hospital pharmacy practice. Changes in practice have often been driven by
influences from outside (e.g., nursing shortages, federal capitation grants for medical
education, Joint Commission on Accreditation of Healthcare Organization standards,
and a more litigious society). But the initiation of residency training and the accreditation
process came from within the practice of hospital pharmacy itself.

This year is the silver anniversary of ASHP–accredited residency programs. Residency
accreditation was initiated in 1962; in early and mid–1963, some site surveys
were conducted; in December 1963, a few programs were accredited. Jefferson’s was
the first program surveyed and among the first accredited, I’m proud to say. Its accreditation,
however, did not go without sharp criticism from the surveyors, John
Oliver and Paul Parker. The program was cited, for example, for continuing to use
cardboard slide boxes to dispense medications, and it did not go unnoticed that the
department had only two dispensing pharmacists for a 736–bed hospital.

It was not uncommon in those days for preceptors to have to justify residency
programs through the provision of a variety of services, and Jefferson was no exception.
Twenty–four–hour service was accomplished by the rotation of residents on night
shifts. As one means of justifying their existence, pharmacy residents provided, in
addition to normal pharmaceutical services, inhalation therapy to all patients from 5
p.m., when the regular therapists went home, until 8 the next morning. Unusual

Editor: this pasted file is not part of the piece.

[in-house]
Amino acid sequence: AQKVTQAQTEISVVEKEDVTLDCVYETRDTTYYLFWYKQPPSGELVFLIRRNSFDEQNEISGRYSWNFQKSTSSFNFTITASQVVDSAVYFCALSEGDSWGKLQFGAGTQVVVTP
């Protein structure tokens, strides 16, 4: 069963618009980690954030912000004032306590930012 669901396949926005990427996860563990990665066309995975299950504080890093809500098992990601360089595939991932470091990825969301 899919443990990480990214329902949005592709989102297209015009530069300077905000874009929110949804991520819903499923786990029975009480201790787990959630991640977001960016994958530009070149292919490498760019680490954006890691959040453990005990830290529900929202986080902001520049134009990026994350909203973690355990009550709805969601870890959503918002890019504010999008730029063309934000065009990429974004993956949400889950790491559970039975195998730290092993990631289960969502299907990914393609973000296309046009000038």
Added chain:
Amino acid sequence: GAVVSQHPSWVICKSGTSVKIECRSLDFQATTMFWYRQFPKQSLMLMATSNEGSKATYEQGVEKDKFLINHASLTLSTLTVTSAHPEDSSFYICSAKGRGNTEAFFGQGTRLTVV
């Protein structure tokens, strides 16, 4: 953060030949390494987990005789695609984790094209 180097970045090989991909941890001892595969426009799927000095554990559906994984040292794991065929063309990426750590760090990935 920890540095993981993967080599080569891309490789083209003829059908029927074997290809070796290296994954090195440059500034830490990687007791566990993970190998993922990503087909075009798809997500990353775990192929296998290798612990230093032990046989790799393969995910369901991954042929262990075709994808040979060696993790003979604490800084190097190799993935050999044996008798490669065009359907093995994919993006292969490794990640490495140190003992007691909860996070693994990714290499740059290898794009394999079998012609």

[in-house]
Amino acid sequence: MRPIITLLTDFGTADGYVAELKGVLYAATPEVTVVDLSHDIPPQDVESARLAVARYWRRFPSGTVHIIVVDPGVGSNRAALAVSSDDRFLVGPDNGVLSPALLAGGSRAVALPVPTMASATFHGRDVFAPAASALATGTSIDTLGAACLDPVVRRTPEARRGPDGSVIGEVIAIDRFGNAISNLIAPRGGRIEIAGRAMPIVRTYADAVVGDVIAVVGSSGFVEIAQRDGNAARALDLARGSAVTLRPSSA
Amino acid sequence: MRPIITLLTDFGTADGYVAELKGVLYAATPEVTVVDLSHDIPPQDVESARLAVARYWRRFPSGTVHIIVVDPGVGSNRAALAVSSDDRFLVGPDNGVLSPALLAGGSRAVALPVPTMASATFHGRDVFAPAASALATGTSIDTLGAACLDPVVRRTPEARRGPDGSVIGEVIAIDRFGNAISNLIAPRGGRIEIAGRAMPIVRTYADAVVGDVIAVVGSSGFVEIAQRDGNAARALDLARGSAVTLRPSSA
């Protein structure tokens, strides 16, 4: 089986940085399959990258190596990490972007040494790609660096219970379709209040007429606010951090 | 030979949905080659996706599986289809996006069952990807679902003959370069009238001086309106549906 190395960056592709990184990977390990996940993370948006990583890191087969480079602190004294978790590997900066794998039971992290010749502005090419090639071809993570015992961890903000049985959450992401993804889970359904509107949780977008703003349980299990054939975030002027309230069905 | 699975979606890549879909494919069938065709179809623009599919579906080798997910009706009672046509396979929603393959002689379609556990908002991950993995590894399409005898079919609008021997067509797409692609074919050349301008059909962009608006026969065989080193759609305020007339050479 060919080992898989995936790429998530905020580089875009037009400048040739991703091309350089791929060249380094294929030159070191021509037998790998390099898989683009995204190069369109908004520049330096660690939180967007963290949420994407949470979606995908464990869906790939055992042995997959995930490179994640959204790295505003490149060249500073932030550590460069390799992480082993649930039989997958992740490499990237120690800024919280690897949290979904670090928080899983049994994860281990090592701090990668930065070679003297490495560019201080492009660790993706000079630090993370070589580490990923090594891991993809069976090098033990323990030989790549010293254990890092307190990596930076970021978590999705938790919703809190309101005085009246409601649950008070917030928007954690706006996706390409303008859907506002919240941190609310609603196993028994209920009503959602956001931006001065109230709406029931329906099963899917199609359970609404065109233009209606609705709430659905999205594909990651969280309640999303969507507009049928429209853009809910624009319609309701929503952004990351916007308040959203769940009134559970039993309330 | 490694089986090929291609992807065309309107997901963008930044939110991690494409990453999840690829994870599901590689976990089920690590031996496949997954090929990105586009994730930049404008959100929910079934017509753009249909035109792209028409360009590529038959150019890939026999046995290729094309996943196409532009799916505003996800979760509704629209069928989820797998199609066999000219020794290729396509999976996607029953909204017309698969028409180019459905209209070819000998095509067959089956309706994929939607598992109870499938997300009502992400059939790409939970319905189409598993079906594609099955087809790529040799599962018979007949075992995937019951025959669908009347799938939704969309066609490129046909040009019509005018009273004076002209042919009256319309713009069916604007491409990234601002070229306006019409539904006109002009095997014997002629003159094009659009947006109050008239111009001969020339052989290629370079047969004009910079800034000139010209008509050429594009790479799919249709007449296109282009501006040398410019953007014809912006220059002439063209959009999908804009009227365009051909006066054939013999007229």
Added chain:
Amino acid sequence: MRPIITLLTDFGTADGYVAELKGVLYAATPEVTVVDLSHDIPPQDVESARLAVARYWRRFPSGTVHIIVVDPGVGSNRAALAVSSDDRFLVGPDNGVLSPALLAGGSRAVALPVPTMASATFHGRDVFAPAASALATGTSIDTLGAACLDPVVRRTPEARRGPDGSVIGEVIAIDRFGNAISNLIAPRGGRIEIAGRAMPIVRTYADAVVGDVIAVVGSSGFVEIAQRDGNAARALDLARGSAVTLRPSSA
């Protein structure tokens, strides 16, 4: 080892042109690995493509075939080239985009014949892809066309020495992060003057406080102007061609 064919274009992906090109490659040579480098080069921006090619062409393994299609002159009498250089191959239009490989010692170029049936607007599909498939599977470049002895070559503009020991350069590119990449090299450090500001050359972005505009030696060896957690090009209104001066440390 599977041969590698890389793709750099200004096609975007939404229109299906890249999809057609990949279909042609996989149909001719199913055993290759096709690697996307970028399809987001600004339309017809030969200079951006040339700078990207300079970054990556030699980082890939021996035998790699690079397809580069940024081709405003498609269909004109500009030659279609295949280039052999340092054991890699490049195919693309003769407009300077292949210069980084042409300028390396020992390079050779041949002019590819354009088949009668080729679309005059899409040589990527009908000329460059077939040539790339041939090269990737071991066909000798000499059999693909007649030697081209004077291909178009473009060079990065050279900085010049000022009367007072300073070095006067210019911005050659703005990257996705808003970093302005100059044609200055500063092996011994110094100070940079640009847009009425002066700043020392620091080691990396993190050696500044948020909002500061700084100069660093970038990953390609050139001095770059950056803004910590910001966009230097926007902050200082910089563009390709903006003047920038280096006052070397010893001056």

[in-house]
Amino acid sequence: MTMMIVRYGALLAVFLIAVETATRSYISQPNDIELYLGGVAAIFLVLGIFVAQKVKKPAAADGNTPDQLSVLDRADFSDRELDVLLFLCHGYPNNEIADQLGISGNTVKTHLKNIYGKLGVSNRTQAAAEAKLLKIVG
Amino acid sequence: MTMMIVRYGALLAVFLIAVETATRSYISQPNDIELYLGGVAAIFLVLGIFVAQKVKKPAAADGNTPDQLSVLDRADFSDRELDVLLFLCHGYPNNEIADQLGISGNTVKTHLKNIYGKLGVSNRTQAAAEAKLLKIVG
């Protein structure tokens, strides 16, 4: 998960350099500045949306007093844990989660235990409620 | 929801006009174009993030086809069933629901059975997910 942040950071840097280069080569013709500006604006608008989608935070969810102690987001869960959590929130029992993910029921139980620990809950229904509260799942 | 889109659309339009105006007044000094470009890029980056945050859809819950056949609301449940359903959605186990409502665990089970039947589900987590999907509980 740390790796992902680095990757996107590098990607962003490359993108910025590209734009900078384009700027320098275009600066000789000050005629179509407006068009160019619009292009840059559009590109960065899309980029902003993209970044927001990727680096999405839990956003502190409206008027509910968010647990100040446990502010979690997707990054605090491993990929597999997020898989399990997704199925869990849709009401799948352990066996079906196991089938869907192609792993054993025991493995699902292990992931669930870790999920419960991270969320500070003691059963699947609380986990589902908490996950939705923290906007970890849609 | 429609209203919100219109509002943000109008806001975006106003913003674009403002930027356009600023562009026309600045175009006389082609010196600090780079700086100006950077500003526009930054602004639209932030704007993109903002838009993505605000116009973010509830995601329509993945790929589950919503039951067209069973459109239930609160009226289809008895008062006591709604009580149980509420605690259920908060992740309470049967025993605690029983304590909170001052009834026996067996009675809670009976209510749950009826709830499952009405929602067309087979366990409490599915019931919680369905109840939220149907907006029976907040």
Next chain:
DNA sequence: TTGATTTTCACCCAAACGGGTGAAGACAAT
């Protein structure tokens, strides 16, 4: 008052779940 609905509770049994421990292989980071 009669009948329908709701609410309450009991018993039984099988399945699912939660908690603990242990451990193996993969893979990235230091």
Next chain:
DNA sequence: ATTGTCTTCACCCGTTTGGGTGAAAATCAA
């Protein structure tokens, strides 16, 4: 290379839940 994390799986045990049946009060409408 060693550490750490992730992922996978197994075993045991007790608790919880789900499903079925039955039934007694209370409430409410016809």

services did not end there. Since the pharmacy was located in the basement alongside
the morgue, the residents were assigned to release bodies from the morgue to
undertakers during the night shift.

From beginnings that were tied strongly to personal preceptorship by a few of the
profession’s leaders, residency programs have grown in number and have become
highly organized and often specialized to meet the changing needs of the profession.
There are now 196 accredited programs, including 36 advanced clinical residencies
and 35 advanced specialty residencies. More than 3000 pharmacists have completed
accredited residency programs, and over 400 are currently completing them each

It is in these structured programs that we can best communicate values, philosophy,
and a vision of the profession. The young professional, encouraged by a mentor,
begins a process of introspection in which he tests his own abilities and limits and
develops ethical standards and a philosophy of practice.(2) During this transition from
a theoretical base to a professional practice, the resident also develops an attitude – a
habit, if you will – of lifelong searching and learning. A culture develops around these
residency programs that breeds commitment and exploration, and from the programs
flow highly energized and motivated people with high individual and professional
goals. Those who have been a part of this culture go on to build programs and similar
cultures in other hospitals.

Supplying the profession with mature, highly skilled clinical and managerial practitioners
is, without question, the primary value of residency programs, and assuring
the quality of such programs is the primary purpose of the accreditation process.
However, the importance of residency programs and the accreditation process to the
advancement of professional practice has not been fully appreciated. That culture
that develops around residency programs also breeds innovation and advancement